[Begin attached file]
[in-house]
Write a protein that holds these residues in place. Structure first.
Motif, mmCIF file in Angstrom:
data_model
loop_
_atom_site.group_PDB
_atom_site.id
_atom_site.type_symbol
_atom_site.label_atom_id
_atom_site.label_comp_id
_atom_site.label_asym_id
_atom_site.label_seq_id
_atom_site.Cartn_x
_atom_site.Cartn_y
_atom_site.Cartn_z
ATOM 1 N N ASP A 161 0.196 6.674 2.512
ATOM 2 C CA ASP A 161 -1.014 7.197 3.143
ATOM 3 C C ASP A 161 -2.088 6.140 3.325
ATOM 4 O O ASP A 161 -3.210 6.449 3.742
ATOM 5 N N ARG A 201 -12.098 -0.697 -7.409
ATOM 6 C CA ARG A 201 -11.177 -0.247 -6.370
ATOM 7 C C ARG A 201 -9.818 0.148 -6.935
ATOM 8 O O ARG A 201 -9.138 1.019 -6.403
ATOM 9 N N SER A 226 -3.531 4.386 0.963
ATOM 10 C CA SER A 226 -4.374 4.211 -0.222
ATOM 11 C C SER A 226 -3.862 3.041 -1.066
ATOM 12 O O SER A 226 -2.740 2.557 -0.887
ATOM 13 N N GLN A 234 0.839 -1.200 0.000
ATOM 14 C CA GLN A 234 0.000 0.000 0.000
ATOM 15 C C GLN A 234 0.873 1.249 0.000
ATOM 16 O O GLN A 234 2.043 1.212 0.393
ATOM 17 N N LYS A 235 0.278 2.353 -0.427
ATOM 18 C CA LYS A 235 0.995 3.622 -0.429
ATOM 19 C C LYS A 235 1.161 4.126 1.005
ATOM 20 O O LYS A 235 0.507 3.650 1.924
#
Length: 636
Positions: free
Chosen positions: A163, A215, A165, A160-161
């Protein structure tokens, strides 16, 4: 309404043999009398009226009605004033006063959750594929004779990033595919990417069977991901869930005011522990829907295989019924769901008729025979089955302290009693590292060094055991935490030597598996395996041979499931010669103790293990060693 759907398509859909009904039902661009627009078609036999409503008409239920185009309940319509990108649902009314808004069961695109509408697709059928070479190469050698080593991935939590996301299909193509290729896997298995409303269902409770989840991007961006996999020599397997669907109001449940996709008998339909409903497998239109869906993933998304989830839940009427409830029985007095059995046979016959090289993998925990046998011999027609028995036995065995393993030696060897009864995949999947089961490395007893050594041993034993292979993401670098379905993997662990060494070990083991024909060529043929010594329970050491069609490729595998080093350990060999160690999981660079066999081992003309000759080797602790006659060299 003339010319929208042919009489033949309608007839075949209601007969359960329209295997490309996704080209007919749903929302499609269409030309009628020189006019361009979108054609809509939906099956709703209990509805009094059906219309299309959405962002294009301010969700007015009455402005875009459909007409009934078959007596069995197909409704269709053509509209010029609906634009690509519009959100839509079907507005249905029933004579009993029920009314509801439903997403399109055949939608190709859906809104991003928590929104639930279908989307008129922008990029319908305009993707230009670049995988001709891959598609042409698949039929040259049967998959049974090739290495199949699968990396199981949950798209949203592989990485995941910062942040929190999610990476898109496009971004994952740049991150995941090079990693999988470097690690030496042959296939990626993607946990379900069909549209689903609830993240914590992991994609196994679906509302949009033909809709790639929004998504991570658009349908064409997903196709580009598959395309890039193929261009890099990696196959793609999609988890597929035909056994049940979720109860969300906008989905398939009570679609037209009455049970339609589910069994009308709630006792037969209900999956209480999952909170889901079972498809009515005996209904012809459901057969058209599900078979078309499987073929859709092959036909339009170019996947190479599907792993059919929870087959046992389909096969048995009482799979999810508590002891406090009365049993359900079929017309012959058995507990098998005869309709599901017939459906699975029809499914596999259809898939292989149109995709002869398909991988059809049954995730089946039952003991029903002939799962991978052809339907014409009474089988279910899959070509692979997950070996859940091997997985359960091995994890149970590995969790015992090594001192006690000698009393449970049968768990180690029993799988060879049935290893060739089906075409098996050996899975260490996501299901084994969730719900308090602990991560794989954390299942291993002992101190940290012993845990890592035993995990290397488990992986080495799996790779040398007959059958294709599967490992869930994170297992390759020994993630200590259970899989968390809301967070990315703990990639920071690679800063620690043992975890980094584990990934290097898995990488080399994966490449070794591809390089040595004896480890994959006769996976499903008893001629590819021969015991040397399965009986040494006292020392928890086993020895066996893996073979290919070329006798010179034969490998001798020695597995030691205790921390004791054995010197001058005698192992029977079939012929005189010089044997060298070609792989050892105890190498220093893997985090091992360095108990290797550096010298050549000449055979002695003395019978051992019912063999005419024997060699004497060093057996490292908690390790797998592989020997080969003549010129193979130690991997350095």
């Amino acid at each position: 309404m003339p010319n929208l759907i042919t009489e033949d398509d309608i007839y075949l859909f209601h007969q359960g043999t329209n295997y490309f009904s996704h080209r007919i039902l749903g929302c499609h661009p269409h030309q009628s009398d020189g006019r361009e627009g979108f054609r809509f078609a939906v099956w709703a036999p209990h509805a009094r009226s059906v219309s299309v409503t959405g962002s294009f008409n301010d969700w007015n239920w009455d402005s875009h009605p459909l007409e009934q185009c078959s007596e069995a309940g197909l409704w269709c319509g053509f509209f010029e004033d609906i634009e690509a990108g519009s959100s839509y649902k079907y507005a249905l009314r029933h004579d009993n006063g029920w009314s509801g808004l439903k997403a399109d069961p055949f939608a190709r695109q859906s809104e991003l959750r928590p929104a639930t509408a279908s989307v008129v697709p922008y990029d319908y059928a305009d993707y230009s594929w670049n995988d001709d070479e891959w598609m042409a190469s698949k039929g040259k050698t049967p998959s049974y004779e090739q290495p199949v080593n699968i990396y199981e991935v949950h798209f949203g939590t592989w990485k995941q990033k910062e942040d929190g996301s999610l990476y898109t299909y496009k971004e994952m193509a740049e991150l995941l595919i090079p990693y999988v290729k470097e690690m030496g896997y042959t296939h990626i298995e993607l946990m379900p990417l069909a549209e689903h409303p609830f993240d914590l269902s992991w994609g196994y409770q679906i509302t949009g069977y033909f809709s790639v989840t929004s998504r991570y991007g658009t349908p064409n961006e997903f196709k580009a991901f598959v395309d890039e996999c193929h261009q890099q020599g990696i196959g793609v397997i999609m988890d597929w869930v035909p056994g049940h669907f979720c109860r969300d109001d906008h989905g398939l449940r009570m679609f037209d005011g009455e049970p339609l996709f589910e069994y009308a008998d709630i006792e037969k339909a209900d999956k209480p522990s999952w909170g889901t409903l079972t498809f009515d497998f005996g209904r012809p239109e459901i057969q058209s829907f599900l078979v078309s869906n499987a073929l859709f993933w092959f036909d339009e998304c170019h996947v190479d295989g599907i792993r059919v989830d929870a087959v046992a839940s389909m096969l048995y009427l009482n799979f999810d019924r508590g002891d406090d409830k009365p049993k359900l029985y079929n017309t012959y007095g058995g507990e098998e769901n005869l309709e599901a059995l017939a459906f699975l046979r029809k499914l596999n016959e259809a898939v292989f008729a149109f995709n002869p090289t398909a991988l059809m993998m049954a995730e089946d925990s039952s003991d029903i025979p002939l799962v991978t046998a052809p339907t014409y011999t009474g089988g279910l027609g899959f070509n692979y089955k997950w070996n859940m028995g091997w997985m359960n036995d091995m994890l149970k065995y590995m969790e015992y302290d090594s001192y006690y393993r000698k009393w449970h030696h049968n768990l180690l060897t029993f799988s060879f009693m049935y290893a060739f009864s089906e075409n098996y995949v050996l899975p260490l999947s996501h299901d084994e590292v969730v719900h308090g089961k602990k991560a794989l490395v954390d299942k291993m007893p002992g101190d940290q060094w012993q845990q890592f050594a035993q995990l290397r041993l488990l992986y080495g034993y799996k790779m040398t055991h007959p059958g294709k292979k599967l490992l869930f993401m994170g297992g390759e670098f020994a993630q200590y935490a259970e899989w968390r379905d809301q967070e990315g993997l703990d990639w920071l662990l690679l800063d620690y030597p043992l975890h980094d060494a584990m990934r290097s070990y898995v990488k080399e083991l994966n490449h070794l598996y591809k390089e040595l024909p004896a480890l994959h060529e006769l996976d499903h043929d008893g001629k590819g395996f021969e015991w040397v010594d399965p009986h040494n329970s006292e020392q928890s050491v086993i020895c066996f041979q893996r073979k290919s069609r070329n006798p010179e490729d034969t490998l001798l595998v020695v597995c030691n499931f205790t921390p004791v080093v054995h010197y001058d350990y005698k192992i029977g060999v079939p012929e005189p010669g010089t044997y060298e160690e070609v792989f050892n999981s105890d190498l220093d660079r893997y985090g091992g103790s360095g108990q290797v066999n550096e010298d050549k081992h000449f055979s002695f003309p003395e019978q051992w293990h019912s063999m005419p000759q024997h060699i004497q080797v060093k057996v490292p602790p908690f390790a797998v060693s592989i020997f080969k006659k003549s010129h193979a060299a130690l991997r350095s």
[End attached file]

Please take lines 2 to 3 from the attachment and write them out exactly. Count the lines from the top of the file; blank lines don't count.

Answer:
Write a protein that holds these residues in place. Structure first.
Motif, mmCIF file in Angstrom: